The current productions of Seascape and A Touch of the Poet offer better casts than the respective 1975 and 1978 editions. In the former: George Grizzard brings to his role a gravitas that Barry Nelson just didn't have, while Frances Sternhagen has an insouciance that was lacking in Deborah Kerr. As for the O'Neill play: We've all seen or heard about Gabriel Byrne's terrific performance as Con Melody -- once a hero, now a lush -- who dominates his wife, Nora, and attempts to dominate his daughter, Sara, though she won't be dissuaded from loving a young dreamer named Simon. And how about the casting of Emily Bergl as Sara and Kathryn Meisle as Simon's mother? They look quite alike -- and sons often fall in love with women who resemble their mothers, don't they?
Plenty of shows had ingredients that made them worthwhile. Maybe Hal Holbrook was past his prime in playing Mark Twain, but audiences who weren't around in his heyday at least had a chance to get a flavor of what he'd been. While I didn't like the production of The Constant Wife at the Roundabout -- compared to the sterling 2002 London revival, it was played with too much of a wink -- I was delighted that New York had the opportunity to become acquainted with W. Somerset Maugham's play and welcomed it with open arms.
Patti LuPone has often been criticized for her diction, but she is literally letter-perfect as Mrs. Lovett in Sweeney Todd. And was there anyone not overwhelmed by what Judy Kaye did in Souvenir? On top of that, any season that gives us more Chita Rivera than ever before must automatically be considered a rousing success.
Some people viewed The Odd Couple as a disappointment, but that was probably because their expectations were so high. I say we must be grateful to Nathan Lane and Matthew Broderick for doing Oscar and Felix quite well, and also to Neil Simon for letting his 1965 script be presented with virtually no changes. (Recent Simon revivals have seen him kill his babies by eliminating some delicious dialogue.) The Woman in White prompted a great many theatergoers to say, "Well, all that film stuff was really remarkable, but I wouldn't want every musical to look like that." Still, the "set design" was worth seeing once -- and Maria Friedman and Michael Ball were worth seeing many more times than that.
I was very fond of The Color Purple. I do regret that our blue-chip Broadway songwriters didn't do it, for I know it could have had a better score. Still, Marsha Norman -- certainly one of our blue-chip playwrights -- wrote the book, and it was pretty powerful and engrossing. When we first meet a 14-year old Celie, we are aghast to find that she's pregnant. Then we are much more horrified to learn that she's about to deliver the second child of her rapist stepfather. How we feel for her when she says, "Doc say I can't have no more kids, so I think God just wants me to take care of things." How sad we are when her father has to throw in a cow to bribe a man into marrying her, all because she's guilty of the most heinous crime that a woman back then could commit: She's "ugly." In this respect, LaChanze is terribly miscast in the show, for she isn't remotely unattractive. That aside, she gives a magnificent performance -- as always. How we nod in agreement when Shug Avery tells her, "You the grace of God if us ever see it." LaChanze is the one to beat for the Tony, and I'm not sure that anyone will.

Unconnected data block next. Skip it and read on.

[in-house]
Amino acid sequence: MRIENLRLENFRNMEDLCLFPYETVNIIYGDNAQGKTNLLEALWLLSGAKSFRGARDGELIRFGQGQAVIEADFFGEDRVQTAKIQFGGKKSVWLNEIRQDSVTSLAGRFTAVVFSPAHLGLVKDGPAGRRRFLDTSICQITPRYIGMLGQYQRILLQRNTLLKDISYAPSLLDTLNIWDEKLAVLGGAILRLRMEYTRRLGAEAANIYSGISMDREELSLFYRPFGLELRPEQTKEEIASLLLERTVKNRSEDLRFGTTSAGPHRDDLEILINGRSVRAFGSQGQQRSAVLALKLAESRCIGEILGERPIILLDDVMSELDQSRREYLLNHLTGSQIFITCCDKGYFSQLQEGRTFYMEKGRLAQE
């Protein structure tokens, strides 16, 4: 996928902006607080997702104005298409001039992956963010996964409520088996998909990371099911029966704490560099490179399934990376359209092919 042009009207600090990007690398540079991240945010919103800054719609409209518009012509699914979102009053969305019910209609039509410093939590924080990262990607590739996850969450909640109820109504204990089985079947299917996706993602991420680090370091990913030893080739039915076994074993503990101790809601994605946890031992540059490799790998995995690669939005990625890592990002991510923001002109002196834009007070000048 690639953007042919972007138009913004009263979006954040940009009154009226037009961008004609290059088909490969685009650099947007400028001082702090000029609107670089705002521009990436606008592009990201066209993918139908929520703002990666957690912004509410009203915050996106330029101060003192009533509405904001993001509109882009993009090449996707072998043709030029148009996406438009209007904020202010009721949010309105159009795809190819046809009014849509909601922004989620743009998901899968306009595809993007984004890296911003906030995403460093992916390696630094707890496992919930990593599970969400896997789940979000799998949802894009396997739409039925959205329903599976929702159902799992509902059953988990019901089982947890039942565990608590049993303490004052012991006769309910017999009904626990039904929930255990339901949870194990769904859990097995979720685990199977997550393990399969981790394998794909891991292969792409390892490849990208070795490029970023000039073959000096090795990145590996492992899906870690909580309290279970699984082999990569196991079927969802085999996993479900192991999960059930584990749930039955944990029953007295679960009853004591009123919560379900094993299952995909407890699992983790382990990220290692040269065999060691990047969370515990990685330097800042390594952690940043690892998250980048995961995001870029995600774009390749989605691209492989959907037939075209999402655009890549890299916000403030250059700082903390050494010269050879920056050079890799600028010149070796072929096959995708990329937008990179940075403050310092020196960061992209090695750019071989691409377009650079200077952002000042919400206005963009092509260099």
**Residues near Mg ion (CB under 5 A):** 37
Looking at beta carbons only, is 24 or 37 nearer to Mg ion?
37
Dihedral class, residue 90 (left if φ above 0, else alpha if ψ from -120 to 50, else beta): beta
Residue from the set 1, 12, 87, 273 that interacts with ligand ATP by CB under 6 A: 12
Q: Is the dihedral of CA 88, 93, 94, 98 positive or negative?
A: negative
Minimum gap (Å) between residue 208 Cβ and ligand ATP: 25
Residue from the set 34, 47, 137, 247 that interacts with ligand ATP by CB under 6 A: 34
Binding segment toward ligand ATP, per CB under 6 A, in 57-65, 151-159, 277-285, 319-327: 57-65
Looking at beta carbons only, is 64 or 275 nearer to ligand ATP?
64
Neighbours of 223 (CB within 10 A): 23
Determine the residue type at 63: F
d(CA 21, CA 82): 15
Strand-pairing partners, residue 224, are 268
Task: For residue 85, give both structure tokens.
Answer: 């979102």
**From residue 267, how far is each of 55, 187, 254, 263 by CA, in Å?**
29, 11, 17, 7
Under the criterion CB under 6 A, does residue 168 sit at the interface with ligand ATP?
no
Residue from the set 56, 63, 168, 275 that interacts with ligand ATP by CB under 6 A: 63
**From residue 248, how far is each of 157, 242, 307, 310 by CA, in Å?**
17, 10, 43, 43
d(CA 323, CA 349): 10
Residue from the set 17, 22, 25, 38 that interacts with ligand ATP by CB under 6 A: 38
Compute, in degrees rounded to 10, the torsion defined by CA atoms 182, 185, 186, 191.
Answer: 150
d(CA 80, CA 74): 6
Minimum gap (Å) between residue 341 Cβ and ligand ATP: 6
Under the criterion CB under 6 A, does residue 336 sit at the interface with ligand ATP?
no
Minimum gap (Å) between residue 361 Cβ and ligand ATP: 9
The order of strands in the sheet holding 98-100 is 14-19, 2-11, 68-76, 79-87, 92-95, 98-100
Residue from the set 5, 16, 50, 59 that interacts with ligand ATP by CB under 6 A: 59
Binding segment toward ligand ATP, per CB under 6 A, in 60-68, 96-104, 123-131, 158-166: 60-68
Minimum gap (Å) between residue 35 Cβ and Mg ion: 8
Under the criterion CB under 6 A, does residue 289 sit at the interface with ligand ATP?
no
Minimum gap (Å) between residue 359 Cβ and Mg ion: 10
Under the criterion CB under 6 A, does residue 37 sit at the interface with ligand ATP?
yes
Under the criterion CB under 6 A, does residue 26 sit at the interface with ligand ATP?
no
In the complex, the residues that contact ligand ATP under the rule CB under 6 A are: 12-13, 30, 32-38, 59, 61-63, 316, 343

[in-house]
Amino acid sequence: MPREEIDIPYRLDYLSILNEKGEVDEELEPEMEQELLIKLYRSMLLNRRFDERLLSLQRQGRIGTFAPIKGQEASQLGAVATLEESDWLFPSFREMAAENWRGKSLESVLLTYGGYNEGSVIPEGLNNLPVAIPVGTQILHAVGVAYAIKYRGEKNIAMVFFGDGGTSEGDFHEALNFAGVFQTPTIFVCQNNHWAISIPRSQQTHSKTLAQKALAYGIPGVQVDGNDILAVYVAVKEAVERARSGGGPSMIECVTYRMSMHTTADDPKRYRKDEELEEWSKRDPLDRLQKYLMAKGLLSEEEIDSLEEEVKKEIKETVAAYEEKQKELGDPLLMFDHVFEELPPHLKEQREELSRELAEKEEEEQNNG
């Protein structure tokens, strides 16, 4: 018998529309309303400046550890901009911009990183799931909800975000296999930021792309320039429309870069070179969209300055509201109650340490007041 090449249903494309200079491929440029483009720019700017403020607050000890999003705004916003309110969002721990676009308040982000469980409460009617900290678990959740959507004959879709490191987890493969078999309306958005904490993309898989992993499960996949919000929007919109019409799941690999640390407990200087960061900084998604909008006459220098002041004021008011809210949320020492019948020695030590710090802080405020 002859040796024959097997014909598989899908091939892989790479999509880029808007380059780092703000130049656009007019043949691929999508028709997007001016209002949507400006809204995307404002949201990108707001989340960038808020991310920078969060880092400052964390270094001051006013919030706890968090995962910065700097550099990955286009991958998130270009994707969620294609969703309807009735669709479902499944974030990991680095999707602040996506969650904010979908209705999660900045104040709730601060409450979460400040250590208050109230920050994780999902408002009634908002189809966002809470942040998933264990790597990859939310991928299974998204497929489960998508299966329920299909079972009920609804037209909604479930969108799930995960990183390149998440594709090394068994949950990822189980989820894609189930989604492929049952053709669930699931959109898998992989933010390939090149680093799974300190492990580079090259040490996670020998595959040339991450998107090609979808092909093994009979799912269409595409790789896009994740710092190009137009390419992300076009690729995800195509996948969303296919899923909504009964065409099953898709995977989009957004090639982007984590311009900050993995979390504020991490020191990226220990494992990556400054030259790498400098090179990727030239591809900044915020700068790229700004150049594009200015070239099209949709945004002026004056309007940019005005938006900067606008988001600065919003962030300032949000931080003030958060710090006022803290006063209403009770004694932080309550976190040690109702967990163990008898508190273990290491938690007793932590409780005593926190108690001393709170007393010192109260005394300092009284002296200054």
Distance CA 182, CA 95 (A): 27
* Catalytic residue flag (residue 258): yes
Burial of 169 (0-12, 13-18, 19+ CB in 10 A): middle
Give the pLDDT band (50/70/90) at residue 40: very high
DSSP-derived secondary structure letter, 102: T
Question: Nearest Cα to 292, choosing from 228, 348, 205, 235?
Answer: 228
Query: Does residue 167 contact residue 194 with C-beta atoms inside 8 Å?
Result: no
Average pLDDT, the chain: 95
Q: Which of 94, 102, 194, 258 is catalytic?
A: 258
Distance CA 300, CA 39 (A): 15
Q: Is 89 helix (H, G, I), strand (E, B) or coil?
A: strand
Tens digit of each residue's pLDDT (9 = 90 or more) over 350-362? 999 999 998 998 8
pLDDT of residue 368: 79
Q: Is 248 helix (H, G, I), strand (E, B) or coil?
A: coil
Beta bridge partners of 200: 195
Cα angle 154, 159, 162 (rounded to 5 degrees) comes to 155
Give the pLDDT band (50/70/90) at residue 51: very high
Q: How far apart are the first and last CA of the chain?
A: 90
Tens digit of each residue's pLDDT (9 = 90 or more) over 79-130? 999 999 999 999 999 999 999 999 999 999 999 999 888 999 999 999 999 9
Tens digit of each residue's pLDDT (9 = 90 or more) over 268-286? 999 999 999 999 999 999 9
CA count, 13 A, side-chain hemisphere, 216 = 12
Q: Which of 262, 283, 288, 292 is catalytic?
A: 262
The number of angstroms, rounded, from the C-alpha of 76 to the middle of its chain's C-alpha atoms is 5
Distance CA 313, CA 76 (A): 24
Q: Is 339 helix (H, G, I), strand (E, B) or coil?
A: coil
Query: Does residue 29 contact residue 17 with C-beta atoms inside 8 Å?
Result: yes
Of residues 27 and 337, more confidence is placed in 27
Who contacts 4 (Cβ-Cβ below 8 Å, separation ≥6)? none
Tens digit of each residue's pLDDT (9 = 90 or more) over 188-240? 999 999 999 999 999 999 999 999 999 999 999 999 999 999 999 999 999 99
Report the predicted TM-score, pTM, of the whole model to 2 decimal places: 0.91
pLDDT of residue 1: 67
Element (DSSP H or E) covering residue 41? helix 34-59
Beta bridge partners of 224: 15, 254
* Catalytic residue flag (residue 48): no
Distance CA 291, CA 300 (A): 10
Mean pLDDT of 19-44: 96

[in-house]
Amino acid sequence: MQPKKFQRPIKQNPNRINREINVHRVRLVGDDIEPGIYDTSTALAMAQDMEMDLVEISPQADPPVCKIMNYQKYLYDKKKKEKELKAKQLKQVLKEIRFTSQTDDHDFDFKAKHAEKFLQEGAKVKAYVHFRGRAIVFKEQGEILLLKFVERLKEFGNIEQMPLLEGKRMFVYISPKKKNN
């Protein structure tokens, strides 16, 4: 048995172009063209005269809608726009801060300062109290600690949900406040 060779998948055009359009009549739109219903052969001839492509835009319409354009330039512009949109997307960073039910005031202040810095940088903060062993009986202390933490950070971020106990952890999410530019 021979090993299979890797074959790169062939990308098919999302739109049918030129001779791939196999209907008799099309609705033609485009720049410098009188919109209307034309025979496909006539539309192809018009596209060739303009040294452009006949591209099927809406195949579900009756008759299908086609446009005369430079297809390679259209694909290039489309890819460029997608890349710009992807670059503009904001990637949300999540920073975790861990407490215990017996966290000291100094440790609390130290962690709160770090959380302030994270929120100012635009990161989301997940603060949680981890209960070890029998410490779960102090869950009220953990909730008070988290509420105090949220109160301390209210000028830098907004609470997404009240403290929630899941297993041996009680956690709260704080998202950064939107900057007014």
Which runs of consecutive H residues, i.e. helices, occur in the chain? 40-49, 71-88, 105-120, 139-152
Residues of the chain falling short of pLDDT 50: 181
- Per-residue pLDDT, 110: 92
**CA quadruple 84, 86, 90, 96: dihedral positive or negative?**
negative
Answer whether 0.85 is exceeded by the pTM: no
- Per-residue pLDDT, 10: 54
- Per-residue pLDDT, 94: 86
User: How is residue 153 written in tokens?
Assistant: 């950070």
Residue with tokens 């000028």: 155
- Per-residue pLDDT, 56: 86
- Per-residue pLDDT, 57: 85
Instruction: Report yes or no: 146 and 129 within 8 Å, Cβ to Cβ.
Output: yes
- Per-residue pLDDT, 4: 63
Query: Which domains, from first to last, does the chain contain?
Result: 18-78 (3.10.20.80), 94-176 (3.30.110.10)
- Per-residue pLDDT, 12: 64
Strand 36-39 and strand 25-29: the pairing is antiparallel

One reason why Jersey Boys has succeeded, aside from the terrific performers, who really are Men for Four Seasons: Book writers Marshall Brickman and Rick Elice didn't gloss over the dark elements of the story. Sure, we all could forgive these guys for breaking into a church to practice on the organ; no real harm done there. But hearing about them serving time in jail and their deals with mob money makes us believe that we're getting the whole truth. The show is so well written that we care about the members of the group; we feel their struggles and their success. The look that Bob Gaudio gives Frankie Valli during the performance of "Big Girls Don't Cry" says, "We're doing it; we're really doing it!" -- and we couldn't be more pleased that they are.
As for shows beyond Broadway: How often do we discover impressive new writers who can perform, too? Book writer Hunter Bell and composer-lyricist Jeff Bowen really know their theatrical onions, and their love of musicals was fully displayed in [title of show], their musical about writing a musical. (It had a special, limited engagement at Ars Nova this year after having premiered at the 2004 New York Musical Theatre Festival, and is now slated for production by the Vineyard Theatre.) In the Continuum offers Danai Gurira and Nikkole Salter in one memorable scene after another. For example: Gurira, as a nurse in an AIDS hospice, sternly gives the bad news to a patient and doesn't seem to care what the poor soul must be feeling; yet when the nurse catches the attention of a colleague who' going out for a snack, she smiles and couldn't be more charming in asking the guy to pick up something for her. Salter is astonishing as a young woman in love with a basketball player who's done increasingly well and now expects to be a prime draft pick of the NBA -- so, of course, the bum now wants to be with other girls and forget the person who loved him when he was nothing. How Salter's character copes with this is the stuff of great drama.
Yes, New York's theatrical glass was far more full than empty these past seven months. Welcome 2006!
[To contact Peter Filichia directly, e-mail him at firstname.lastname@example.org]